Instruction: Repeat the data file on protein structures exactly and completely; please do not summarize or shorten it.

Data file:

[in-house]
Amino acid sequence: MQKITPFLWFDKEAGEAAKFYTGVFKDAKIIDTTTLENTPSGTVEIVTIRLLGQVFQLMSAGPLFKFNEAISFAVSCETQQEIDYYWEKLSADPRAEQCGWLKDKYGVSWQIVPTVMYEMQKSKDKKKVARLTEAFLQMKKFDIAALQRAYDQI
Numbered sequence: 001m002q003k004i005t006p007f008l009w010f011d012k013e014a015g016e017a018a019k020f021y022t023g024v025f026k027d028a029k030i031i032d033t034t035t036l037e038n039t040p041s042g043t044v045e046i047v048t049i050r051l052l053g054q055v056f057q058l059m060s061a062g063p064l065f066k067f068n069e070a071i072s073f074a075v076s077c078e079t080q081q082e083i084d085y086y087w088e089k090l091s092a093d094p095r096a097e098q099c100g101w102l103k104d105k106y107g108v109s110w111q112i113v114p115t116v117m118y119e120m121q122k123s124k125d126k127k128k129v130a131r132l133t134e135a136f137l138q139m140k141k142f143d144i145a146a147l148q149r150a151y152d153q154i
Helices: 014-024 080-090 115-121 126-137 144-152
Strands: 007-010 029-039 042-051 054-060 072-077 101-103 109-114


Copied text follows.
[in-house]
Amino acid sequence: MQKITPFLWFDKEAGEAAKFYTGVFKDAKIIDTTTLENTPSGTVEIVTIRLLGQVFQLMSAGPLFKFNEAISFAVSCETQQEIDYYWEKLSADPRAEQCGWLKDKYGVSWQIVPTVMYEMQKSKDKKKVARLTEAFLQMKKFDIAALQRAYDQI
Numbered sequence: 001m002q003k004i005t006p007f008l009w010f011d012k013e014a015g016e017a018a019k020f021y022t023g024v025f026k027d028a029k030i031i032d033t034t035t036l037e038n039t040p041s042g043t044v045e046i047v048t049i050r051l052l053g054q055v056f057q058l059m060s061a062g063p064l065f066k067f068n069e070a071i072s073f074a075v076s077c078e079t080q081q082e083i084d085y086y087w088e089k090l091s092a093d094p095r096a097e098q099c100g101w102l103k104d105k106y107g108v109s110w111q112i113v114p115t116v117m118y119e120m121q122k123s124k125d126k127k128k129v130a131r132l133t134e135a136f137l138q139m140k141k142f143d144i145a146a147l148q149r150a151y152d153q154i
Helices: 014-024 080-090 115-121 126-137 144-152
Strands: 007-010 029-039 042-051 054-060 072-077 101-103 109-114